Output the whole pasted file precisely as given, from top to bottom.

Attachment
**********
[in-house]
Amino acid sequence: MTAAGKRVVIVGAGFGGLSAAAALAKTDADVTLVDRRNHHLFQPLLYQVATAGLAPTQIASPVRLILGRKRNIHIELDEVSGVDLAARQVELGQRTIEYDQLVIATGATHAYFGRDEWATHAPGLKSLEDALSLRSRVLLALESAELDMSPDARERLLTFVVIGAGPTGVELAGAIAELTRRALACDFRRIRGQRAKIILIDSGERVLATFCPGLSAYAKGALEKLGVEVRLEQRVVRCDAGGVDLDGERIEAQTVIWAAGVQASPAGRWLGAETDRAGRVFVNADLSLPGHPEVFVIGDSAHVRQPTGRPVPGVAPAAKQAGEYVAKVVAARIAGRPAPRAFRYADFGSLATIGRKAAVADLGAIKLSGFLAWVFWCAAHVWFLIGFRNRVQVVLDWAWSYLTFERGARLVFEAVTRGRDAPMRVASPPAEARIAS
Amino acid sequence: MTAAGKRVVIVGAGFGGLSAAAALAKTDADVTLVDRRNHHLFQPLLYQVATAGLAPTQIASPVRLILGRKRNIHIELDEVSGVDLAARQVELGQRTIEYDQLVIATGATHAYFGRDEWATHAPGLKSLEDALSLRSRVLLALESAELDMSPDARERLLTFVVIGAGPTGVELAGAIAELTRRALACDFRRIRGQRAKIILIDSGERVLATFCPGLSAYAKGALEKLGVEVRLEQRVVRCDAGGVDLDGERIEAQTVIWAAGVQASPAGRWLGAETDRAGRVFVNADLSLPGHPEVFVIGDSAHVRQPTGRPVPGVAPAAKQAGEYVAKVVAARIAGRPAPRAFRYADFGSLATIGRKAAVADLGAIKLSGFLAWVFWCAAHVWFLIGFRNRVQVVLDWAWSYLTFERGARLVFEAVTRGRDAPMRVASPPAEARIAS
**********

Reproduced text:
[in-house]
Amino acid sequence: MTAAGKRVVIVGAGFGGLSAAAALAKTDADVTLVDRRNHHLFQPLLYQVATAGLAPTQIASPVRLILGRKRNIHIELDEVSGVDLAARQVELGQRTIEYDQLVIATGATHAYFGRDEWATHAPGLKSLEDALSLRSRVLLALESAELDMSPDARERLLTFVVIGAGPTGVELAGAIAELTRRALACDFRRIRGQRAKIILIDSGERVLATFCPGLSAYAKGALEKLGVEVRLEQRVVRCDAGGVDLDGERIEAQTVIWAAGVQASPAGRWLGAETDRAGRVFVNADLSLPGHPEVFVIGDSAHVRQPTGRPVPGVAPAAKQAGEYVAKVVAARIAGRPAPRAFRYADFGSLATIGRKAAVADLGAIKLSGFLAWVFWCAAHVWFLIGFRNRVQVVLDWAWSYLTFERGARLVFEAVTRGRDAPMRVASPPAEARIAS
Amino acid sequence: MTAAGKRVVIVGAGFGGLSAAAALAKTDADVTLVDRRNHHLFQPLLYQVATAGLAPTQIASPVRLILGRKRNIHIELDEVSGVDLAARQVELGQRTIEYDQLVIATGATHAYFGRDEWATHAPGLKSLEDALSLRSRVLLALESAELDMSPDARERLLTFVVIGAGPTGVELAGAIAELTRRALACDFRRIRGQRAKIILIDSGERVLATFCPGLSAYAKGALEKLGVEVRLEQRVVRCDAGGVDLDGERIEAQTVIWAAGVQASPAGRWLGAETDRAGRVFVNADLSLPGHPEVFVIGDSAHVRQPTGRPVPGVAPAAKQAGEYVAKVVAARIAGRPAPRAFRYADFGSLATIGRKAAVADLGAIKLSGFLAWVFWCAAHVWFLIGFRNRVQVVLDWAWSYLTFERGARLVFEAVTRGRDAPMRVASPPAEARIAS